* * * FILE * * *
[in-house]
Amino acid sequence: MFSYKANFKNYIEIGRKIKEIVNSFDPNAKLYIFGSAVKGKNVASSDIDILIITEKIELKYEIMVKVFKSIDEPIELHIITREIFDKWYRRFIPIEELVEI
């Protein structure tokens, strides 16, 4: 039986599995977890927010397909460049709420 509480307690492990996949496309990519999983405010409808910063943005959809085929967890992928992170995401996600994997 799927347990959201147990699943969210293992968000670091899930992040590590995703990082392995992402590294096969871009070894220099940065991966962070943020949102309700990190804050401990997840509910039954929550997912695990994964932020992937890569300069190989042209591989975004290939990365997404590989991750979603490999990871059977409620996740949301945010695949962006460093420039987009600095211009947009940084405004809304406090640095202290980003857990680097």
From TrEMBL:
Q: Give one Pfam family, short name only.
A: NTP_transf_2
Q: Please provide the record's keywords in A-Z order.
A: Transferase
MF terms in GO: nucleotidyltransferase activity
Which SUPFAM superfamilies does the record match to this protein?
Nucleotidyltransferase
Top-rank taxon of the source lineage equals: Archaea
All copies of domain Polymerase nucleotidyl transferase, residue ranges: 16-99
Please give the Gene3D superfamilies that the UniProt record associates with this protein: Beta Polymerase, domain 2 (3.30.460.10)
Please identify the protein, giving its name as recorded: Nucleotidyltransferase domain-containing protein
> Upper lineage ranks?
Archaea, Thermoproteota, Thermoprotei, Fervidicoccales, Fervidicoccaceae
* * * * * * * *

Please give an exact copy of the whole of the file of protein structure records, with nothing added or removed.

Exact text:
[in-house]
Amino acid sequence: MFSYKANFKNYIEIGRKIKEIVNSFDPNAKLYIFGSAVKGKNVASSDIDILIITEKIELKYEIMVKVFKSIDEPIELHIITREIFDKWYRRFIPIEELVEI
């Protein structure tokens, strides 16, 4: 039986599995977890927010397909460049709420 509480307690492990996949496309990519999983405010409808910063943005959809085929967890992928992170995401996600994997 799927347990959201147990699943969210293992968000670091899930992040590590995703990082392995992402590294096969871009070894220099940065991966962070943020949102309700990190804050401990997840509910039954929550997912695990994964932020992937890569300069190989042209591989975004290939990365997404590989991750979603490999990871059977409620996740949301945010695949962006460093420039987009600095211009947009940084405004809304406090640095202290980003857990680097």
From TrEMBL:
Q: Give one Pfam family, short name only.
A: NTP_transf_2
Q: Please provide the record's keywords in A-Z order.
A: Transferase
MF terms in GO: nucleotidyltransferase activity
Which SUPFAM superfamilies does the record match to this protein?
Nucleotidyltransferase
Top-rank taxon of the source lineage equals: Archaea
All copies of domain Polymerase nucleotidyl transferase, residue ranges: 16-99
Please give the Gene3D superfamilies that the UniProt record associates with this protein: Beta Polymerase, domain 2 (3.30.460.10)
Please identify the protein, giving its name as recorded: Nucleotidyltransferase domain-containing protein
> Upper lineage ranks?
Archaea, Thermoproteota, Thermoprotei, Fervidicoccales, Fervidicoccaceae